Thursday, July 31, 2008

Swarm, redux

Last Tuesday (7/29) we went out to the bee yard to check on the ladies. At the same instant we both spotted this in one of the cherry trees:

Seems like we have a honey bee swarm every Tuesday now. What the heck?! I sort of expected Thelma's swarm the previous week, but no way did I think Louise's hive was going to swarm. Well, we eventually found out that Louise and her crew were where they belong -- this was someone else's swarm, or perhaps even a feral colony swarm that happened to land in our cherry tree. It was eerie that they were almost silent; a writhing mass of bugs, but silent. Trippy. They usually make quite a fair racket.

Well, I hate to turn away free bees, and we had some additional equipment (the hive body is still in primer, but useable enough in a pinch). This time we knew the drill and we were even dressed for the occasion!

Shake into hive, add top feeder, cover, and let simmer.

After we got these new arrivals housed we checked the other hives. We found eggs in Louise's colony, and eventually found Louise herself. The eggs were the key though. Bees exist as eggs for 3 days. The queen stops laying eggs at least a week before the swarm leaves, so we knew this colony had not swarmed even before we found Louise.

Over in Thelma's old colony things are going along pretty well. We found at least 4 of these beauties:

The peanut shaped thing is a capped queen cup. (The rest of the frame is mostly of capped worker bee brood.) One or more of these will hatch soon and we'll have a new queen in Thelma's old colony. We're discussing names even now. The fun part will be marking her. We practiced doing that with drones when we took the bee keeping class through the MCBA , so that training will come in very handy. It's a good idea to mark the queen so that you can find her a little more easily. Also the color indicates the year of hatch (2008 is red). Queens will live for 4-5 years, but their best egg production only lasts 1.5 - 2 years. It's really handy to know when she should be replaced -- a weakly laying queen means a weak colony.

Thursday, July 24, 2008

To Catch a Swarm

Tuesday (7/22), at approximately 1 pm I chanced by the bee yard. Thousands of bees were whipping around the air. Thelma's hive had swarmed! We had had some inkling that this might be in the works, but thought we had headed it off. Not so.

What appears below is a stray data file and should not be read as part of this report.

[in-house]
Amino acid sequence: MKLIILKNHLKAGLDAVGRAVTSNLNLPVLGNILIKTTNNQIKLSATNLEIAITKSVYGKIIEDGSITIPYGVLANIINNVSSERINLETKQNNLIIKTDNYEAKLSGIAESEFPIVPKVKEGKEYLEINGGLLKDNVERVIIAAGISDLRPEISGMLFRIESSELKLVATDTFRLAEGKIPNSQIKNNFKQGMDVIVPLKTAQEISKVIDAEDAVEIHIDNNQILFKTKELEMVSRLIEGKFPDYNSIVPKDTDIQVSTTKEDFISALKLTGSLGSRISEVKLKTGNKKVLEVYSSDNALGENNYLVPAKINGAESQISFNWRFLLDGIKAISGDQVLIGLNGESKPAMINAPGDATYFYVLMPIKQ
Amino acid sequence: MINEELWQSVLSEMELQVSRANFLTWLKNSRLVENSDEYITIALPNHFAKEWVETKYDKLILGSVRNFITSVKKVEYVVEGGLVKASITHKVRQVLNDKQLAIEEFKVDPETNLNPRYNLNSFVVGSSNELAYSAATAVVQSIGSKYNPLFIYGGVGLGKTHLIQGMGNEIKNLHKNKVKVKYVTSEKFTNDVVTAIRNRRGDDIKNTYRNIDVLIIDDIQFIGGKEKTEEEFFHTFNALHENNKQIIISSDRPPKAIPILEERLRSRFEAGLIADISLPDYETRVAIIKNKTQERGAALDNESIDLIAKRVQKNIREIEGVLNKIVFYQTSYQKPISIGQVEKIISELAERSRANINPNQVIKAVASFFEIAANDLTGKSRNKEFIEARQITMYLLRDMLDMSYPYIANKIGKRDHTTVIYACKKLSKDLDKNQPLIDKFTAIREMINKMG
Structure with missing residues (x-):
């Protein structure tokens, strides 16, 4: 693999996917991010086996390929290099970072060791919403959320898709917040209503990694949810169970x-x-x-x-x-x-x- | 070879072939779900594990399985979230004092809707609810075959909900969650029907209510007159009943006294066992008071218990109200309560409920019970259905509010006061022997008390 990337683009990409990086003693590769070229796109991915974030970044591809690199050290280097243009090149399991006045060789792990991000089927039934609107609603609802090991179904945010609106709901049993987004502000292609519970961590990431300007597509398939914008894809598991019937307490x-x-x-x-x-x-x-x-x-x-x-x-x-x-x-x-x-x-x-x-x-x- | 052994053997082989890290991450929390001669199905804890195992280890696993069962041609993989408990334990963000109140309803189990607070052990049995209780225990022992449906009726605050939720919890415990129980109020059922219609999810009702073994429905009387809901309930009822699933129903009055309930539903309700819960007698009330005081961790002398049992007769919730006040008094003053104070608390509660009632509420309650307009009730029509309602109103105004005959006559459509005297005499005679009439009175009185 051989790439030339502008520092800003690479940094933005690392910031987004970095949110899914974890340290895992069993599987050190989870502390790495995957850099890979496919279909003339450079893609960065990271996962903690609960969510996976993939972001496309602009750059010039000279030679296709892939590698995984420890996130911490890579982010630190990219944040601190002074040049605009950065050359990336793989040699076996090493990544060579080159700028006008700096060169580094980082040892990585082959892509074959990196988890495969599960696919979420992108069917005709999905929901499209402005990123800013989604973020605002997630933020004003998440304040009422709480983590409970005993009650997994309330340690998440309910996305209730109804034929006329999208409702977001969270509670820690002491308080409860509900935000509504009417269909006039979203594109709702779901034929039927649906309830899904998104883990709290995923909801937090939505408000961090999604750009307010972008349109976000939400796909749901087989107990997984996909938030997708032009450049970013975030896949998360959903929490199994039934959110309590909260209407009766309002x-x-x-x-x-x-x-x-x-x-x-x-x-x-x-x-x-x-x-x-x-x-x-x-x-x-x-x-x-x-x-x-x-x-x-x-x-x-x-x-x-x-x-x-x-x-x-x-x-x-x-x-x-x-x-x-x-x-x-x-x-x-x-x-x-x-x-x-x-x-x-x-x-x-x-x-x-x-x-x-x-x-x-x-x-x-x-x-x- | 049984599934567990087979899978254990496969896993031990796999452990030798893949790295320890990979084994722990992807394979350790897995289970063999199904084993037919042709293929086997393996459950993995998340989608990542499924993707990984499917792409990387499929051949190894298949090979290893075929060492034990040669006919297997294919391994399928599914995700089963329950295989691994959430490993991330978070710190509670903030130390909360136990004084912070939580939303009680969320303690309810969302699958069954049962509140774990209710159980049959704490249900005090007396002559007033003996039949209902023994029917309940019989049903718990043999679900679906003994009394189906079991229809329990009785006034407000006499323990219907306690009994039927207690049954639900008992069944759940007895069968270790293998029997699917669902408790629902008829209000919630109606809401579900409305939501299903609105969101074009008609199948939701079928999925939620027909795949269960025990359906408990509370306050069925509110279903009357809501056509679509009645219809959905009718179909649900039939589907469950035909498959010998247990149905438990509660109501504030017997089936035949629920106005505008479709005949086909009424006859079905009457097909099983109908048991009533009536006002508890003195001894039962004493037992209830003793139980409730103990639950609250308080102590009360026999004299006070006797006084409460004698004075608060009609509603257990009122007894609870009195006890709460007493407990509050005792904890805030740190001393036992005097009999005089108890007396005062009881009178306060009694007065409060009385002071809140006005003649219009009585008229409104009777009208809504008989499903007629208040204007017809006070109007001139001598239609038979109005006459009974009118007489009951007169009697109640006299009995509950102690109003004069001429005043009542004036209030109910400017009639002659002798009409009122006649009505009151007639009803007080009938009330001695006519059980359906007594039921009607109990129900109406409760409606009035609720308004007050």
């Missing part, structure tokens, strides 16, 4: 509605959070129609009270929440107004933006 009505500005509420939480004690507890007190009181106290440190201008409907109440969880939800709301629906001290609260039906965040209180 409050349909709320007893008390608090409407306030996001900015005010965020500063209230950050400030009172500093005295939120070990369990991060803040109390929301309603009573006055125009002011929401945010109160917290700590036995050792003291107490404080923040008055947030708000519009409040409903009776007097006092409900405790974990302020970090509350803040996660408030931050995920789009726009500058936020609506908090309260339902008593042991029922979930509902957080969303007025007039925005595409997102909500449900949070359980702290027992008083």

While honey bee swarms look downright biblical, they are really very manageable events if you 1) know what to do, and 2) don't panic. Swarms are the way honey bee colonies reproduce. The queen and most of the bees capable of flight (that's 15-25 thousand) make a mass exodus and search for a new home. They are very gentle while swarming because they have no home to defend. That said, when I gathered myself, I ran inside and told Yvonne what was happening. She alertly brought the camera so you get to see what happened next.

This is me and the swarm in one of our cherry trees. Eventually the swarm lands and waits for the scouts to find a new home. They may stay in the first spot for 20 minutes or 3 days, depending on what the scouts say and the weather conditions. By the way that's steely resolve on my face, not panic.

Here's a close up of the swarm wriggling in the cherry tree. That's the brim of my hat on the right.

Fortunately we had some extra bee equipment on hand for just such an occasion. I didn't figure to use it until next year, but that plan has clearly been overcome by events. I put the hive body underneath the swarm and we cut off the branch of the tree. Then we shook the bees off and into their new quarters, thus:

Once the cover is on, it suddenly looks like a normal bee yard again. Nothing to see here; move along, move along.

Today we took a look at the new hive and added some frames from the established hives. We put in a frame full of honey, and one of larva and capped brood. Folks say the presence of brood is the best way to ensure the swarm adopts the new hive as home. Predictably the bees had gotten a bit confused and were building comb from the top down. That's why they are all piled up on the inner cover. After this shot was taken I shook them down into the hive body, and Yvonne scraped the last of the burr comb off the inner cover. With luck the two drawn frames will convince them to build new comb in the right place (on the foundation, not the roof).

Hopefully the bees that remained in Thelma's old hive will have a new queen hatch out by early next week. (We added a frame of eggs from Louise's hive for insurance, so if there is no queen on the way the bees can make one now.) We'll keep an eye out for an unmarked queen next time we open up that hive. According to schedule the new queen should be making mating flights next week, and should start to lay eggs the week after that. If we're lucky we'll be able to find and mark her. Too much fun!